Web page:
Study: Better Observations, Analyses Detecting Short-Lived Tropical Systems
A NOAA-led team of scientists has found that the apparent increase in the number of tropical storms and hurricanes since the late 19th and early 20th centuries is likely attributable to improvements in observational tools and analysis techniques that better detect short-lived storms.
The new study, reported in the online edition of the American Meteorological Society’s peer-reviewed Journal of Climate, shows that short-lived tropical storms and hurricanes, defined as lasting two days or less, have increased from less than one per year to about five per year from 1878 to 2008.
“The recent jump in the number of short-lived systems is likely a consequence of improvements in observational tools and analysis techniques,” said Chris Landsea, science and operations officer at NOAA’s National Hurricane Center in Miami, and lead author on the study. “The team is not aware of any natural variability or greenhouse warming-induced climate change that would affect the short-lived tropical storms exclusively.”
Several storms in the last two seasons, including 2007’s Andrea, Chantal, Jerry and Melissa and 2008’s Arthur and Nana, would likely not have been considered tropical storms had it not been for technology such as satellite observations from NASA’s Quick Scatterometer (QuikSCAT), the European ASCAT (Advanced SCATterometer) and NOAA’s Advanced Microwave Sounding Unit (AMSU), as well as analysis techniques such as the Florida State University’s Cyclone Phase Space.
“We do not dispute that these recent systems were tropical storms,” said Landsea. “In fact, the National Hurricane Center’s ability to monitor these weaker, short-lived storms provides better warnings to mariners of gale force winds and high seas.”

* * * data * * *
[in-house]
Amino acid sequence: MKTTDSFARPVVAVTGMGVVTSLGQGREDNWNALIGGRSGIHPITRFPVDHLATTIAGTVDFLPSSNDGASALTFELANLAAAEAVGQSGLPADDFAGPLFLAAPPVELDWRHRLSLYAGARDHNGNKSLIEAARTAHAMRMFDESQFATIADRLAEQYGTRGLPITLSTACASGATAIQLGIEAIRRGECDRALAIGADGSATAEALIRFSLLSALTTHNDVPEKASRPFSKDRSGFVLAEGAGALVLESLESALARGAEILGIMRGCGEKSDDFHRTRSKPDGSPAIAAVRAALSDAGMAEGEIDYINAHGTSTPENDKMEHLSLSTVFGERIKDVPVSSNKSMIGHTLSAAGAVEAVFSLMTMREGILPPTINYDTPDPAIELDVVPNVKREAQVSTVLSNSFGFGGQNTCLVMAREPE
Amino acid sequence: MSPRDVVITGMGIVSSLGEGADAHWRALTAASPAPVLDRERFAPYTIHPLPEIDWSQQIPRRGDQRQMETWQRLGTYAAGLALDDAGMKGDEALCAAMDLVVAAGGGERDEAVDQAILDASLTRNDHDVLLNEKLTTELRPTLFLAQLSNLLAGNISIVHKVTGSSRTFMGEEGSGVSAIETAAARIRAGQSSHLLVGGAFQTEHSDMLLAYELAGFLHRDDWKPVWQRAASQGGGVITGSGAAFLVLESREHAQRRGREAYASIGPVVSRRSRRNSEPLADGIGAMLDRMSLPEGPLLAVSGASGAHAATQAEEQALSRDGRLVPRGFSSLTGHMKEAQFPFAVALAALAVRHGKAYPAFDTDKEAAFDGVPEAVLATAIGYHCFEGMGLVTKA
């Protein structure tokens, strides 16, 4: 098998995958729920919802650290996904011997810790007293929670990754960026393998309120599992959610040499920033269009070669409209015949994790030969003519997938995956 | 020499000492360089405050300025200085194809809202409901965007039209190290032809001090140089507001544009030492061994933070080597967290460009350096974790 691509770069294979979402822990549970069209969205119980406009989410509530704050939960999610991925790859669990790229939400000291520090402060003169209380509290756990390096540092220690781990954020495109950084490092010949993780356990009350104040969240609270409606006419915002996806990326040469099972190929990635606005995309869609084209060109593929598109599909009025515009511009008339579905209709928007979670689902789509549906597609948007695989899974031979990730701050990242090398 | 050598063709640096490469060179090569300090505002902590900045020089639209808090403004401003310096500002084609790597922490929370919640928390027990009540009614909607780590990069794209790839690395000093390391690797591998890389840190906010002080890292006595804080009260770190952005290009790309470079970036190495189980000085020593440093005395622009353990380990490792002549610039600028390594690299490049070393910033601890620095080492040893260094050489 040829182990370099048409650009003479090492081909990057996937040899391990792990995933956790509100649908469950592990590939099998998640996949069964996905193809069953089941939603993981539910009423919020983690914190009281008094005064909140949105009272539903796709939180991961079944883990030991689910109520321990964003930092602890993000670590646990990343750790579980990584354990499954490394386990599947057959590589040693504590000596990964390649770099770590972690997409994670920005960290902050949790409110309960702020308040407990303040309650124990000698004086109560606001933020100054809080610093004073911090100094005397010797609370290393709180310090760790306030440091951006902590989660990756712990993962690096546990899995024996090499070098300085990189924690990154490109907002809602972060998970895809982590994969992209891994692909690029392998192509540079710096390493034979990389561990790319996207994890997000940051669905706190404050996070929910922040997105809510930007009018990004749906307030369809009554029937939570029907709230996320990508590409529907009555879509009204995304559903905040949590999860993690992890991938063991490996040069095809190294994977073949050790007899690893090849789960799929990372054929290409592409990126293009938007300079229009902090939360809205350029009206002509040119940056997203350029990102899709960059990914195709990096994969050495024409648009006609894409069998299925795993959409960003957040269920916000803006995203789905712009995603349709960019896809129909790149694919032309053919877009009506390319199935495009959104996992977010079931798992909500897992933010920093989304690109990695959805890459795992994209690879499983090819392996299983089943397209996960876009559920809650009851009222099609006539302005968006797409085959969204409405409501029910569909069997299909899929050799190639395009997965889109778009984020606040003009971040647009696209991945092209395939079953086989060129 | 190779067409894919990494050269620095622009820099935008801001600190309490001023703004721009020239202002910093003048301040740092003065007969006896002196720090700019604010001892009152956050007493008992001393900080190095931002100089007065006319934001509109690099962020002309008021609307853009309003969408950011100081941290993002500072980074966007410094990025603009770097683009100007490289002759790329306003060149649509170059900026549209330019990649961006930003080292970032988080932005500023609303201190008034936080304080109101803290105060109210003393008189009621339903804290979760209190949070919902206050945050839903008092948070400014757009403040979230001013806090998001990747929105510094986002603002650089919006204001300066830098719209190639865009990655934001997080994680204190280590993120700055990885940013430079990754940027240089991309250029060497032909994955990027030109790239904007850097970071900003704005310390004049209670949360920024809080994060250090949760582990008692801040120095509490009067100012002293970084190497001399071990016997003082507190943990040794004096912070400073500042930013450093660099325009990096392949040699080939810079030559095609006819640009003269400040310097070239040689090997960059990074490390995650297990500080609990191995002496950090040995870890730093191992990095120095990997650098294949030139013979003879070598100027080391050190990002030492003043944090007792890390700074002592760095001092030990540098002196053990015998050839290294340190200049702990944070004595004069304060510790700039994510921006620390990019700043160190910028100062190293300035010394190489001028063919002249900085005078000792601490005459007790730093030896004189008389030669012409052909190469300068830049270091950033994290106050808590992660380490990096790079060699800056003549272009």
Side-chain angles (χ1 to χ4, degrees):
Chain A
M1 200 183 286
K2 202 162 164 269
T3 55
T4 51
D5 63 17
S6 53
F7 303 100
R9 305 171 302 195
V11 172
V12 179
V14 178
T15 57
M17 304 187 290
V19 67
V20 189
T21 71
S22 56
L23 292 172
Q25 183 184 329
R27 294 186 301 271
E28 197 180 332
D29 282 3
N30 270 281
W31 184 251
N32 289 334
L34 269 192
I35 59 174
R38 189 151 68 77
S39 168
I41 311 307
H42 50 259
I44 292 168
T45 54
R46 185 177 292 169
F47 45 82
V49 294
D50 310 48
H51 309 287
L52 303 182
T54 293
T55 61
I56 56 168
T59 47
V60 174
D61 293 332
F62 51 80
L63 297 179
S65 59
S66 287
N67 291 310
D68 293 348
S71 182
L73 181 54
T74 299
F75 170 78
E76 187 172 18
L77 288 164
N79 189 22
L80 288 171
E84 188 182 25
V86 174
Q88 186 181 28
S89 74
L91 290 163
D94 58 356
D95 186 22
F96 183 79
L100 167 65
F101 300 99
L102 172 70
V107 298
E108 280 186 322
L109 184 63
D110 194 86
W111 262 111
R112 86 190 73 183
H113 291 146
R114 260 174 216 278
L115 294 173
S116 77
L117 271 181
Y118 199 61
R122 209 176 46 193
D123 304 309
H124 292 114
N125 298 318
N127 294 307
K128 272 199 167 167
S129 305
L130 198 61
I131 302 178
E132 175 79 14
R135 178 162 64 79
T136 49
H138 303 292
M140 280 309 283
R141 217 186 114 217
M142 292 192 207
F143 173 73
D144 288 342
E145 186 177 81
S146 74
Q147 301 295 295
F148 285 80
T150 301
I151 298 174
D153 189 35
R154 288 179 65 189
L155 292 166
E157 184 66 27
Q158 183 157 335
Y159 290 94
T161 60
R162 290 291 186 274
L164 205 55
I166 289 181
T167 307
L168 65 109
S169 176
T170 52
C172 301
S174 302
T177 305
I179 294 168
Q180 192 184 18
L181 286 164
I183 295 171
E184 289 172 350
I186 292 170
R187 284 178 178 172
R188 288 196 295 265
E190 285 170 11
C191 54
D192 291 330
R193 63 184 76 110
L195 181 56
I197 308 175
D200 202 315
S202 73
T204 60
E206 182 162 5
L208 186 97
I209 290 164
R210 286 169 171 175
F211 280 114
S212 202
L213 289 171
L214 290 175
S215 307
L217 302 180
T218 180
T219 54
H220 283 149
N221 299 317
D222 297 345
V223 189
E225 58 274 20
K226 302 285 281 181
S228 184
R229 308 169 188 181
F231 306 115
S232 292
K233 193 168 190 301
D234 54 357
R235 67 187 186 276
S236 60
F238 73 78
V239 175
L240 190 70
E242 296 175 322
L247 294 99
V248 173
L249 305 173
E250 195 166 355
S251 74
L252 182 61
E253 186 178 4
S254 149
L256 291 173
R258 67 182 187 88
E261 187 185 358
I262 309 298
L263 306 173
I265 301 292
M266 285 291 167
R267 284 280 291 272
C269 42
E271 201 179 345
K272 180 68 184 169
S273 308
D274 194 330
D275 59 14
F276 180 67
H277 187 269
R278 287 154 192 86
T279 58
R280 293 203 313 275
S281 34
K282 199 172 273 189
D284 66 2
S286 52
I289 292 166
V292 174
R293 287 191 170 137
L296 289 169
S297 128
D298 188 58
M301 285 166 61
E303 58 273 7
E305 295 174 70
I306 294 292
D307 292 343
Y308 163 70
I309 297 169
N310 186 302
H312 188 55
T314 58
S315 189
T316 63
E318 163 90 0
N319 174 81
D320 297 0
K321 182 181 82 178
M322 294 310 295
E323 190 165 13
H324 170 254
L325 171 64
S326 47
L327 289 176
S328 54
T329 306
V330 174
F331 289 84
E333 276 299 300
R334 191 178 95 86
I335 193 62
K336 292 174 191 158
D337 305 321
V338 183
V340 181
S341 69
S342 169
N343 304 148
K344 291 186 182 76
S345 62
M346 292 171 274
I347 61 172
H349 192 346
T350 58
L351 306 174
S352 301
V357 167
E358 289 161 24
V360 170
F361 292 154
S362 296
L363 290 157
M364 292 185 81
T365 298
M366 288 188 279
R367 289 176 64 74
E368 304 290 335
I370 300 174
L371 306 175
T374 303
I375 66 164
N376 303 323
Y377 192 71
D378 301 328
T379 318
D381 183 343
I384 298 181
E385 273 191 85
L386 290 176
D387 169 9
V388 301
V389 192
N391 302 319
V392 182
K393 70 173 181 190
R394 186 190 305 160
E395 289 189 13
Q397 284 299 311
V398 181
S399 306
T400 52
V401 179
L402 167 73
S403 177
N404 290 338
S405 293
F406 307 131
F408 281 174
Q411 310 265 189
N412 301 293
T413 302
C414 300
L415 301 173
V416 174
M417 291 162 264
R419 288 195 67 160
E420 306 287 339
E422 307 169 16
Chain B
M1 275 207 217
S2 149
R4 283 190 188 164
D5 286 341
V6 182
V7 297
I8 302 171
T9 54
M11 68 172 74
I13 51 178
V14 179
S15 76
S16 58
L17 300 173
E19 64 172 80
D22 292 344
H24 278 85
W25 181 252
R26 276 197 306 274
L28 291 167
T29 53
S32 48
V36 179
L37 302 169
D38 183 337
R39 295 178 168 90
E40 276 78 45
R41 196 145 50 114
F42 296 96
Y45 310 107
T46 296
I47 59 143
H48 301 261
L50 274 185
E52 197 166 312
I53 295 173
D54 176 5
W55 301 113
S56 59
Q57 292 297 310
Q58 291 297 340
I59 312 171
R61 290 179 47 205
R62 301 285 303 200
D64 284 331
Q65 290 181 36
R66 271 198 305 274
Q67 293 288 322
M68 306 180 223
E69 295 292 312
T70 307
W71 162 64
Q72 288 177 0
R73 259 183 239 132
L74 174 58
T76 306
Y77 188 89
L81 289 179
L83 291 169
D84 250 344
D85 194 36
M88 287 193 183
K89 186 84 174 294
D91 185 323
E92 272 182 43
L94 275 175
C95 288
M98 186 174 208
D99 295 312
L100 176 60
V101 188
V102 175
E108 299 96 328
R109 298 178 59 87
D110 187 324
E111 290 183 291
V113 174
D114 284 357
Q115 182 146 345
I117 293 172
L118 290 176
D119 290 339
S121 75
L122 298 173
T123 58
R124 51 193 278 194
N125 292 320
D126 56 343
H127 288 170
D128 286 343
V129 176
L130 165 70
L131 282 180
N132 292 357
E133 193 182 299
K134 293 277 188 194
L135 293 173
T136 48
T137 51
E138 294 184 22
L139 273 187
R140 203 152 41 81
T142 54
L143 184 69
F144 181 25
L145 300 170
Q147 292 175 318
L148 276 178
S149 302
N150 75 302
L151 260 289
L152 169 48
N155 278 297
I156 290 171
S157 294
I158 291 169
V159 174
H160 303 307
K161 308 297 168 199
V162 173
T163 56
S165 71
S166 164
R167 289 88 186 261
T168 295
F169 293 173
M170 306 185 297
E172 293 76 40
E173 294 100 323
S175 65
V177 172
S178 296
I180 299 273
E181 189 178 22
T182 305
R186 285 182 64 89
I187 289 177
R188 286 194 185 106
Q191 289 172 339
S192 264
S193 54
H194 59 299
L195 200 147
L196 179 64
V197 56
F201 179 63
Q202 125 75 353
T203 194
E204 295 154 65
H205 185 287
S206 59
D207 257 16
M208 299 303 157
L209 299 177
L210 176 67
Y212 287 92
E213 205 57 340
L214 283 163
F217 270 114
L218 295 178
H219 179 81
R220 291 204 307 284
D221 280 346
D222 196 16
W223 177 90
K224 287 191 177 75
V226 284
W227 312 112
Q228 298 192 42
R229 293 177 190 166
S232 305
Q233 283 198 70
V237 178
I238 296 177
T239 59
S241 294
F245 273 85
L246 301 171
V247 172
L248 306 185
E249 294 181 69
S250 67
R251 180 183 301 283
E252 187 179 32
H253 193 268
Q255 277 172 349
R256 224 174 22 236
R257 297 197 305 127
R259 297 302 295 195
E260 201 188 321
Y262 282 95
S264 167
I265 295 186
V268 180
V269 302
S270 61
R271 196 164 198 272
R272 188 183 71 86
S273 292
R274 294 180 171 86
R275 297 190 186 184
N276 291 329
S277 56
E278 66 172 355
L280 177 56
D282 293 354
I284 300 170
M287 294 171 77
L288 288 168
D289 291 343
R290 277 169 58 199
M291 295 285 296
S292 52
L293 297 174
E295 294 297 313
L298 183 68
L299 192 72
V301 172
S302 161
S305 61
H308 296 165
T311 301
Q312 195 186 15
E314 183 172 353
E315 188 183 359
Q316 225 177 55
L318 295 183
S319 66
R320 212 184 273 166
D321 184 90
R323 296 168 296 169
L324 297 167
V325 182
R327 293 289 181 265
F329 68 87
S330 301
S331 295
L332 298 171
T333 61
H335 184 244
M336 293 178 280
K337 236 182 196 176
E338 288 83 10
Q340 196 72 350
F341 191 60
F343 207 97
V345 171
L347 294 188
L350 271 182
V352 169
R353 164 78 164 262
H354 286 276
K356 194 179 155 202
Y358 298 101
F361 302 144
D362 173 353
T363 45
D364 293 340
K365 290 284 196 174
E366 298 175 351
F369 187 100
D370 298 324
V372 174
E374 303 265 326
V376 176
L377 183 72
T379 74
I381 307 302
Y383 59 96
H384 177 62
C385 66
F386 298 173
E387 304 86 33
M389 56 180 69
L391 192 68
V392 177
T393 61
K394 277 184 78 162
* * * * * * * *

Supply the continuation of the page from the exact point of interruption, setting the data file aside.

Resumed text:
According to Dr. Brian Soden, a professor at the University of Miami’s Rosentiel School for Marine and Atmospheric Sciences, “The study provides strong evidence that there has been no systematic change in the number of north Atlantic tropical cyclones during the 20th century.”
Co-authors Gabriel Vecchi and Thomas Knutson, both of the NOAA Geophysical Fluid Dynamics Laboratory, developed a sampling methodology to measure whether meteorologists missed medium- to long-lived tropical storms and hurricanes from the late 1800s through the 1950s. They found that about two of the medium- to long-lived storms per year were unaccounted for in the late 1800s. By the 1950s, forecasters missed less than one per year.
When the researchers discounted the number of short-lived tropical storms and hurricanes and added the estimated number of missed medium- to long-lived storms to the historical hurricane data, they found no significant long-term trend in the total number of storms.
The team also noted that the finding of no increasing trend in hurricane and tropical storm counts in the Atlantic is consistent with several recent global warming simulations from high-resolution global climate model and regional downscaling models.
"This new study is one piece of the puzzle of how climate may influence hurricanes. Although Atlantic storm counts overall have not changed, this study does not address how the strength and number of the strongest hurricanes have changed or may change due to global warming," noted Knutson.
Lennart Bengtsson of the University of Reading, United Kingdom, was also a research team member and co-author on the journal paper.
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